Customer Review

32 of 39 people found the following review helpful
5.0 out of 5 stars superb guide to a hard topic, 3 Jan 2003
This review is from: Citizens: A Chronicle of the French Revolution (Paperback)
This was the first history book that I read for pleasure, and all the way through, and as such occupies a special place in my heart. I read it during my A-levels studying the rise of the liberal nation state in Europe down to 1870. It wasn't until I read this book though that I had any context in which to place these events, an understanding of the French Revolution is essential to understanding Europe in the nineteenth century and, to a lesser degree, the whole modern world. Schama's history is an excellent place to start.
I was warned at my university course that Schama was controversial, post-modern even, this was before he made his name retelling televisually friendly grand narratives, but I could never really work out why. This is perhaps because, opposed to dryer academic accounts, he chooses to focus on the individuals involved and on minor characters, Malashearbes, Lucy de la Tour du Pin, as much as on the obvious biggies, Lafayette, Danton and of course Robespierre. He also displays an awareness that history and the past are not the same thing and that the former is in a constant state of flux whilst the former remains ultimately unknowable. All admirable traits to my mind.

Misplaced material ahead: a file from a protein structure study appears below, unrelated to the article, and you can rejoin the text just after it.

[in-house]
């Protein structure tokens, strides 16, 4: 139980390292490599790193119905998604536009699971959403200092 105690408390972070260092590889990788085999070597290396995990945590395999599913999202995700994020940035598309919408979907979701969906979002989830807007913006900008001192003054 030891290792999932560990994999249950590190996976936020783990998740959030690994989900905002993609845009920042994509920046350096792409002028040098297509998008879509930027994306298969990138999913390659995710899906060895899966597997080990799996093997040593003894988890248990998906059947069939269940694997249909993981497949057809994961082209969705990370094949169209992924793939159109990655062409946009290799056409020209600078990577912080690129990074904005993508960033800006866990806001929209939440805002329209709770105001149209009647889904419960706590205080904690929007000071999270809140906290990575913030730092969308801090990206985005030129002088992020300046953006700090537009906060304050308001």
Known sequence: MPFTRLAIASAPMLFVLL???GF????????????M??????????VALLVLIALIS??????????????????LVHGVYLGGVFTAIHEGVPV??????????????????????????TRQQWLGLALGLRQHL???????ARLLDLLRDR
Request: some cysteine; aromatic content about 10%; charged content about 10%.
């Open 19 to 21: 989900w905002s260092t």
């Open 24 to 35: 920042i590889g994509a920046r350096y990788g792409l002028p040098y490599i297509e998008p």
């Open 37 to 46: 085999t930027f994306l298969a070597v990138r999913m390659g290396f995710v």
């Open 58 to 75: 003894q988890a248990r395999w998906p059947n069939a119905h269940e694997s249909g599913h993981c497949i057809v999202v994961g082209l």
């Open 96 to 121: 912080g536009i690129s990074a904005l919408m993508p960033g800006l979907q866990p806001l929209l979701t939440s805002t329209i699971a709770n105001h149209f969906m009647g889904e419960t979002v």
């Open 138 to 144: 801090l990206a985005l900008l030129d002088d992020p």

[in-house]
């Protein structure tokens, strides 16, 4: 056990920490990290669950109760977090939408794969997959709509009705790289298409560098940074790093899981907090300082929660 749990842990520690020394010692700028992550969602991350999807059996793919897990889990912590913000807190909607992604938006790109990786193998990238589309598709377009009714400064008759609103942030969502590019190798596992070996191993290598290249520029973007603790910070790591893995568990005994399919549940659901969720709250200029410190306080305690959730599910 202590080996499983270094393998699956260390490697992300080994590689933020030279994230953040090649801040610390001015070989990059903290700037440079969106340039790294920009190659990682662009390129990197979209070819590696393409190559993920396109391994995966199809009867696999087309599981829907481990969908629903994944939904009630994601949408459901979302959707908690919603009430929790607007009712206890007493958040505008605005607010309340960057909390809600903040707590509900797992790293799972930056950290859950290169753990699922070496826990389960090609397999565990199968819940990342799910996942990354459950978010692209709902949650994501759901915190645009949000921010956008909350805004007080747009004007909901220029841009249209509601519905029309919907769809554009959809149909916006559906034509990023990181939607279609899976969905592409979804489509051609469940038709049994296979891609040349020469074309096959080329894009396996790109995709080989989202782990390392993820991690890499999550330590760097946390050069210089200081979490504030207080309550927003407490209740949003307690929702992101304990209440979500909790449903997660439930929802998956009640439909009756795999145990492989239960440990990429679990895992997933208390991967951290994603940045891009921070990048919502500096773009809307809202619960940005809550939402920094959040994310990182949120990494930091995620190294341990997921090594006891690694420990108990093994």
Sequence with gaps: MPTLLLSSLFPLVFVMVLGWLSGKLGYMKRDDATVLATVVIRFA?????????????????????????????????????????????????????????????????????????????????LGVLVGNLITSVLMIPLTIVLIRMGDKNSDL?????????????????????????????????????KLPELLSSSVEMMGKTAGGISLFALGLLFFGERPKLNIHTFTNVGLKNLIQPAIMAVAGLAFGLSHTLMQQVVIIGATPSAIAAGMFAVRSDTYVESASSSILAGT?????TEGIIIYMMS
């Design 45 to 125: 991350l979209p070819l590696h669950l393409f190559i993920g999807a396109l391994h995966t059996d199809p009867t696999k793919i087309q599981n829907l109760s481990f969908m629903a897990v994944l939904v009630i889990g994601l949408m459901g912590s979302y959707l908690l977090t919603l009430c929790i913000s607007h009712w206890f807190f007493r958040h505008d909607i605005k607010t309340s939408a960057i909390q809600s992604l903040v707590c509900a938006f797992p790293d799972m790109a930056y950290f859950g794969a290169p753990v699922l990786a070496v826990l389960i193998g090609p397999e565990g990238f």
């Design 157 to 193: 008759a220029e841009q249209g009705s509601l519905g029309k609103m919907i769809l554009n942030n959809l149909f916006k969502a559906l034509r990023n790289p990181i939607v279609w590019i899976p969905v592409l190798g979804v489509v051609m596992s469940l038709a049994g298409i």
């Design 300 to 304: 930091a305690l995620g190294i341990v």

That said Schama's thesis, whilst convincing seems unremarkable. He argues that the violence that finally consumed the revolution along with all its leading players, and a good few thousand others besides, was inherent from the start. For anybody who ever wondered why Britain's teeming cities and stygian factories never burst into this kind of revolt Schama makes very clear that oppression alone does not make for a revolution. The French revolution, to a greater extent even then the Russian, was the direct result of an internal crisis of the Ancien Regime which due to a massive loss of financial credibility coupled with, perhaps undeserved, scandal found itself without legitimacy.
Schama's main skill is though that he can outline these big themes, and others, introduce us and involve us with a whole plethora of characters and guide us through the convoluted course that the revolution took without losing anything along the way. The revolution is such an obviously massive topic with whole libraries of material devoted to it that a book of this sort had to be ambitious to be worth the effort. There are areas that Schama does not do full justice to, though not many, but that is inevitable. He is to be applauded for producing a coherent, readable and enjoyable book that manages to combine a synthesis of current historiography with original scholarship. All in all a very fine book.
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